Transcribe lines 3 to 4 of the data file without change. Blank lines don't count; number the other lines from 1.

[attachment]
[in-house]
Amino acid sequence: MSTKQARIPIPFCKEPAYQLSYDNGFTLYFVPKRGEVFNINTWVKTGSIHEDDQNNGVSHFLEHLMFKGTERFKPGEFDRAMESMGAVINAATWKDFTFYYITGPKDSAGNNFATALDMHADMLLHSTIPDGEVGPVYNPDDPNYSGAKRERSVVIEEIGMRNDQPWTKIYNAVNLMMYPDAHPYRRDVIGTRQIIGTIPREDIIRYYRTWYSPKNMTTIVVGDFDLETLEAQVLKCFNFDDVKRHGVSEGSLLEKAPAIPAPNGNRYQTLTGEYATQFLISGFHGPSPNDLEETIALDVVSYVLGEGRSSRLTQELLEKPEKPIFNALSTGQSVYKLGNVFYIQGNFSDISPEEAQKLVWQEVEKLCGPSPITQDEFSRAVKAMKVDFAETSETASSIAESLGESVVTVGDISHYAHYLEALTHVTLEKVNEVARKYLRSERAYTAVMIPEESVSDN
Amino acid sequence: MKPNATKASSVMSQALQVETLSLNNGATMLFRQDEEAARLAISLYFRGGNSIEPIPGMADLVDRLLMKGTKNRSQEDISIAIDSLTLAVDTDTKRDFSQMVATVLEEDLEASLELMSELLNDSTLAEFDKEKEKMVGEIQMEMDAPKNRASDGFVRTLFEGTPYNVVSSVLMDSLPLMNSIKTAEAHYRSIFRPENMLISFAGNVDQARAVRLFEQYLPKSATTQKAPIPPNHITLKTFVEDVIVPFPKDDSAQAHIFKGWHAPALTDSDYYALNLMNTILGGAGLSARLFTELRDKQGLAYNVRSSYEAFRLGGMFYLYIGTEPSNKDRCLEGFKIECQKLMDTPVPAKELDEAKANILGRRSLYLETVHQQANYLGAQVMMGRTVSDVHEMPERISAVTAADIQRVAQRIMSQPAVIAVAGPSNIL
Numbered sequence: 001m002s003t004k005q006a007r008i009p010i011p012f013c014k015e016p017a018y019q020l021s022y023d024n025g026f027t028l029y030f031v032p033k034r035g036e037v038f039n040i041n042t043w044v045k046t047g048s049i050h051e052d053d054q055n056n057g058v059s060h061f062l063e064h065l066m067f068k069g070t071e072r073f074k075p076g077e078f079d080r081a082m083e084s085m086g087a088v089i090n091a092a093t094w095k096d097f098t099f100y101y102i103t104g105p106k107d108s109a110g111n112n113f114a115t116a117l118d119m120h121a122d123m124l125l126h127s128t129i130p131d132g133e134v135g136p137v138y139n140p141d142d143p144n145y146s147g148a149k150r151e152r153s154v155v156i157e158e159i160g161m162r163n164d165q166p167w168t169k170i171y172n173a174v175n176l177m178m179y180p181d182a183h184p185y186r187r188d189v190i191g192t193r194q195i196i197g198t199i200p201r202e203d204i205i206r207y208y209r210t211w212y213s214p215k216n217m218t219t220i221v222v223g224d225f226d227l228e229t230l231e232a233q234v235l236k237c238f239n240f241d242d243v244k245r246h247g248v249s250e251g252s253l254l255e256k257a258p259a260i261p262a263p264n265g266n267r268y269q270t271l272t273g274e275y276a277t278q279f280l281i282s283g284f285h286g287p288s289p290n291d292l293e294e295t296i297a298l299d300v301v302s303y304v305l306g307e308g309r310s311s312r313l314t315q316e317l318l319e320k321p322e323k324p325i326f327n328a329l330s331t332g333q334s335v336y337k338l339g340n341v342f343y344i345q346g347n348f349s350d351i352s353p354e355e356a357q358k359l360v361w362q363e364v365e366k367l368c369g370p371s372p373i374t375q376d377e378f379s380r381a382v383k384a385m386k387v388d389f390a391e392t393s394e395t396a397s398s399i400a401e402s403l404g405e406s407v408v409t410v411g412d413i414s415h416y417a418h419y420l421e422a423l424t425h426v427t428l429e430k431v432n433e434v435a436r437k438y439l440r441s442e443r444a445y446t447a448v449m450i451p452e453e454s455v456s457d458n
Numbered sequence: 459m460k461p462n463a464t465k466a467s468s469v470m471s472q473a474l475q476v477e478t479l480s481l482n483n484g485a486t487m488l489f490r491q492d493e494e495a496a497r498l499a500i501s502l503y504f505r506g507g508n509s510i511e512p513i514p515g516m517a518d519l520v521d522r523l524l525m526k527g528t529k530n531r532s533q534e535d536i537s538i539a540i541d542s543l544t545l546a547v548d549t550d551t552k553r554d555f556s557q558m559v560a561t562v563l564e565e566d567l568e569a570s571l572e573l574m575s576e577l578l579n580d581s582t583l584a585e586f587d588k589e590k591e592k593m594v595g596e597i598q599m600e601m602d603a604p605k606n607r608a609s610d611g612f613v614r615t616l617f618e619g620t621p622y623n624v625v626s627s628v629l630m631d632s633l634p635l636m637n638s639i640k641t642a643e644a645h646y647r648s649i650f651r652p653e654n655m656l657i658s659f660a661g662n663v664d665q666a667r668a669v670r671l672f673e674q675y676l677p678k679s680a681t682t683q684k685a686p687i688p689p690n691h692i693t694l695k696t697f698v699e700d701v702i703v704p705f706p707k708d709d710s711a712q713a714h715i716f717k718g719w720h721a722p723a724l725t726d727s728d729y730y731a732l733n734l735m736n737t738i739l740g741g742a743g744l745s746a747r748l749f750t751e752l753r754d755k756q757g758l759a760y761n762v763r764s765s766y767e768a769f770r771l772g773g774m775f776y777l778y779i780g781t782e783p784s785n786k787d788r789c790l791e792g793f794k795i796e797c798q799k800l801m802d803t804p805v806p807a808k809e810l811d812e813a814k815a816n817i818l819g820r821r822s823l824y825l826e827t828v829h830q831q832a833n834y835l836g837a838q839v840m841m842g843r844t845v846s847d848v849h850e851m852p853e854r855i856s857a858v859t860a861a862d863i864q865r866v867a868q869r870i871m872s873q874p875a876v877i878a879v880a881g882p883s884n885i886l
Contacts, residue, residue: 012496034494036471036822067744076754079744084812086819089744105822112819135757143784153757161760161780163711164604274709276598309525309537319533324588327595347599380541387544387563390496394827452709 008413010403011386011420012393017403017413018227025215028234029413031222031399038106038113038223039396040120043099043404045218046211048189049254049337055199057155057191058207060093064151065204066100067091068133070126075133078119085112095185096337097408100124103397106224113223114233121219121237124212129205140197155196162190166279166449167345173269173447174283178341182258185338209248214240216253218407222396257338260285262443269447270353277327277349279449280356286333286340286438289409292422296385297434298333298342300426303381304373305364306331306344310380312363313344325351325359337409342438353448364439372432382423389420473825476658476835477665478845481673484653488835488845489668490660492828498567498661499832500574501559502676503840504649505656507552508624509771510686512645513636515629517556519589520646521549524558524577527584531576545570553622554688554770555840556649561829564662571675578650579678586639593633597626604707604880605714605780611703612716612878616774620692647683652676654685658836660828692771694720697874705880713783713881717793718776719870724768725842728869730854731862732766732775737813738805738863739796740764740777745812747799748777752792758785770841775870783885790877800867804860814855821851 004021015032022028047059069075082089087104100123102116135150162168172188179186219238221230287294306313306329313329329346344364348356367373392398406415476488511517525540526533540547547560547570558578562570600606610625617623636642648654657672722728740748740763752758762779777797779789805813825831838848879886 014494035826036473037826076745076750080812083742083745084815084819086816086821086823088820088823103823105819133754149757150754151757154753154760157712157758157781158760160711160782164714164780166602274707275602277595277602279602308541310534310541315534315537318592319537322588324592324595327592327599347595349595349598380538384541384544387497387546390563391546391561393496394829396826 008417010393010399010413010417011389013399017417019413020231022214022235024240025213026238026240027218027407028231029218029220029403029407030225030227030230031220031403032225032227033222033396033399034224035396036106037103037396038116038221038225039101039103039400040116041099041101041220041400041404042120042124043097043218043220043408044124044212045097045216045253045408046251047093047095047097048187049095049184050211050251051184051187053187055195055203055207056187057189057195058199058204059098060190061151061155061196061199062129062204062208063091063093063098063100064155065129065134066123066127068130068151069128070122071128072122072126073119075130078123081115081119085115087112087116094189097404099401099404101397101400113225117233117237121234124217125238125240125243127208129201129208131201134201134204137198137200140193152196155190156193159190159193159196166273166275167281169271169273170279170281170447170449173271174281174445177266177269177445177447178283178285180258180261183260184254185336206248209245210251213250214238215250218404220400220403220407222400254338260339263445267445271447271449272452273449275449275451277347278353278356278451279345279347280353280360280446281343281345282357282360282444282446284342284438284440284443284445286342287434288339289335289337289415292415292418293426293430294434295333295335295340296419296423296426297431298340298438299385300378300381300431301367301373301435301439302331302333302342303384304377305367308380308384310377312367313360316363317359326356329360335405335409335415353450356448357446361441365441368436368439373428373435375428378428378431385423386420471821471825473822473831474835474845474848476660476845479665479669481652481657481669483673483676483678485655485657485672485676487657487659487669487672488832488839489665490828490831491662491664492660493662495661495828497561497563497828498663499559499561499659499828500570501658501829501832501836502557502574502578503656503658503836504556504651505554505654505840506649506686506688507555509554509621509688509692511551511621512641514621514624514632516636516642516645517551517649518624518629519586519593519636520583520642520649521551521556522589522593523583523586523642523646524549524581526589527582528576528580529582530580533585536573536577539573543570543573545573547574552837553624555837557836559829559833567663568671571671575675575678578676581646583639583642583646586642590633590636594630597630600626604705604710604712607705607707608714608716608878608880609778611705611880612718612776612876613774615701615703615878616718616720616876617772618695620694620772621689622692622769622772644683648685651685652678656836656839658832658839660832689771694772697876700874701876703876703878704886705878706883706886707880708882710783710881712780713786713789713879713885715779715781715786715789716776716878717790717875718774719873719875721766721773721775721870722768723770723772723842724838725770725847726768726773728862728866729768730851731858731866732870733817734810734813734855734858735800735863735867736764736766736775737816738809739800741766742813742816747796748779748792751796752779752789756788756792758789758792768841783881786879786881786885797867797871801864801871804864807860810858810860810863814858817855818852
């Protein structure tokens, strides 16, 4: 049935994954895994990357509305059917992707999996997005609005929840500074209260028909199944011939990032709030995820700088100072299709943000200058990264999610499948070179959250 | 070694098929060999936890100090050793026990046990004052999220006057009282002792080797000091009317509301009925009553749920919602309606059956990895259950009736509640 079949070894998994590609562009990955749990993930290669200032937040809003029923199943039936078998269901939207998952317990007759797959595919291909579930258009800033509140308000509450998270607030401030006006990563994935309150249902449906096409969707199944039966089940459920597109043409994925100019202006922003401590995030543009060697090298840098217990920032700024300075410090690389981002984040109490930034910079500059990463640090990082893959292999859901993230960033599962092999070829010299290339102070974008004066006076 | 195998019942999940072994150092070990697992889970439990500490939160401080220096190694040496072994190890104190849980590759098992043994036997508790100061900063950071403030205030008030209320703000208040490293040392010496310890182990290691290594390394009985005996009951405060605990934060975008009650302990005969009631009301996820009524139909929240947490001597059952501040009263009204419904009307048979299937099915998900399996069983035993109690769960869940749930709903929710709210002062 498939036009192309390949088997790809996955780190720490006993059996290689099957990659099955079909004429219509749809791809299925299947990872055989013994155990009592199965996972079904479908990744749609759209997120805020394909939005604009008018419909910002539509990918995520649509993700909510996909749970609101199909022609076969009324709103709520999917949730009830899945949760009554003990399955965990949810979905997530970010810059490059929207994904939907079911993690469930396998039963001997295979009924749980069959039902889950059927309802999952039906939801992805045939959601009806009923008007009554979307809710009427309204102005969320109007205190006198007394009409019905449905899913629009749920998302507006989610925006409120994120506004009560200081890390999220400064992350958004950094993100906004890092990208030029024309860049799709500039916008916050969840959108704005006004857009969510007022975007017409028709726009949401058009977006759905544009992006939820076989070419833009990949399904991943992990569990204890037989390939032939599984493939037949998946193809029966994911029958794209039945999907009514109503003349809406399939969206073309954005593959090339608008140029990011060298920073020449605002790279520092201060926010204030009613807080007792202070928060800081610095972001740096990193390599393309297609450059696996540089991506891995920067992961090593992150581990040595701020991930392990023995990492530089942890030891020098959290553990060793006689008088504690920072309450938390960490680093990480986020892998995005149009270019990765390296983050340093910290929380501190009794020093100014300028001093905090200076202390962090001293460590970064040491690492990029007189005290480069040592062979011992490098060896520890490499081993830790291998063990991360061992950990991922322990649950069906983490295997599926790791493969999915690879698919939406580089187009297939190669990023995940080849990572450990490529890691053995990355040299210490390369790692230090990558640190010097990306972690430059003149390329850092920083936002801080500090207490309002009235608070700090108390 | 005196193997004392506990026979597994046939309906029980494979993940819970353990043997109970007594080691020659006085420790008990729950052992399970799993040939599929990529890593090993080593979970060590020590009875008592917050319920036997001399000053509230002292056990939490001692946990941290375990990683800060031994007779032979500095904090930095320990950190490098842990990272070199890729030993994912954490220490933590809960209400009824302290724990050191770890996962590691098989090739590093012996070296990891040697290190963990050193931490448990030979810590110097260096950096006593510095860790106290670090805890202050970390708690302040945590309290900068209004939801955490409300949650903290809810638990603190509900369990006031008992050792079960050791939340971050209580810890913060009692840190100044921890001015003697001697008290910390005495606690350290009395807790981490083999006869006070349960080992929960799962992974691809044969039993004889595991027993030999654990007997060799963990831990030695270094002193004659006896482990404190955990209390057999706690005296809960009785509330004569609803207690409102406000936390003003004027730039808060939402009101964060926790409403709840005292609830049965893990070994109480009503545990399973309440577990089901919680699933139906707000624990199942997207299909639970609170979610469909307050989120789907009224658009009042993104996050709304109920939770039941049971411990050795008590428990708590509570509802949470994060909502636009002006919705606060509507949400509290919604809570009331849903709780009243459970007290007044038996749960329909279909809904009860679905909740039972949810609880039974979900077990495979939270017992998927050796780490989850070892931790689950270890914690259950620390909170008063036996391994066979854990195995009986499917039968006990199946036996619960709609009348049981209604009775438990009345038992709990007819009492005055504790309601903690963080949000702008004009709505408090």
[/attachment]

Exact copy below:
Amino acid sequence: MKPNATKASSVMSQALQVETLSLNNGATMLFRQDEEAARLAISLYFRGGNSIEPIPGMADLVDRLLMKGTKNRSQEDISIAIDSLTLAVDTDTKRDFSQMVATVLEEDLEASLELMSELLNDSTLAEFDKEKEKMVGEIQMEMDAPKNRASDGFVRTLFEGTPYNVVSSVLMDSLPLMNSIKTAEAHYRSIFRPENMLISFAGNVDQARAVRLFEQYLPKSATTQKAPIPPNHITLKTFVEDVIVPFPKDDSAQAHIFKGWHAPALTDSDYYALNLMNTILGGAGLSARLFTELRDKQGLAYNVRSSYEAFRLGGMFYLYIGTEPSNKDRCLEGFKIECQKLMDTPVPAKELDEAKANILGRRSLYLETVHQQANYLGAQVMMGRTVSDVHEMPERISAVTAADIQRVAQRIMSQPAVIAVAGPSNIL
Numbered sequence: 001m002s003t004k005q006a007r008i009p010i011p012f013c014k015e016p017a018y019q020l021s022y023d024n025g026f027t028l029y030f031v032p033k034r035g036e037v038f039n040i041n042t043w044v045k046t047g048s049i050h051e052d053d054q055n056n057g058v059s060h061f062l063e064h065l066m067f068k069g070t071e072r073f074k075p076g077e078f079d080r081a082m083e084s085m086g087a088v089i090n091a092a093t094w095k096d097f098t099f100y101y102i103t104g105p106k107d108s109a110g111n112n113f114a115t116a117l118d119m120h121a122d123m124l125l126h127s128t129i130p131d132g133e134v135g136p137v138y139n140p141d142d143p144n145y146s147g148a149k150r151e152r153s154v155v156i157e158e159i160g161m162r163n164d165q166p167w168t169k170i171y172n173a174v175n176l177m178m179y180p181d182a183h184p185y186r187r188d189v190i191g192t193r194q195i196i197g198t199i200p201r202e203d204i205i206r207y208y209r210t211w212y213s214p215k216n217m218t219t220i221v222v223g224d225f226d227l228e229t230l231e232a233q234v235l236k237c238f239n240f241d242d243v244k245r246h247g248v249s250e251g252s253l254l255e256k257a258p259a260i261p262a263p264n265g266n267r268y269q270t271l272t273g274e275y276a277t278q279f280l281i282s283g284f285h286g287p288s289p290n291d292l293e294e295t296i297a298l299d300v301v302s303y304v305l306g307e308g309r310s311s312r313l314t315q316e317l318l319e320k321p322e323k324p325i326f327n328a329l330s331t332g333q334s335v336y337k338l339g340n341v342f343y344i345q346g347n348f349s350d351i352s353p354e355e356a357q358k359l360v361w362q363e364v365e366k367l368c369g370p371s372p373i374t375q376d377e378f379s380r381a382v383k384a385m386k387v388d389f390a391e392t393s394e395t396a397s398s399i400a401e402s403l404g405e406s407v408v409t410v411g412d413i414s415h416y417a418h419y420l421e422a423l424t425h426v427t428l429e430k431v432n433e434v435a436r437k438y439l440r441s442e443r444a445y446t447a448v449m450i451p452e453e454s455v456s457d458n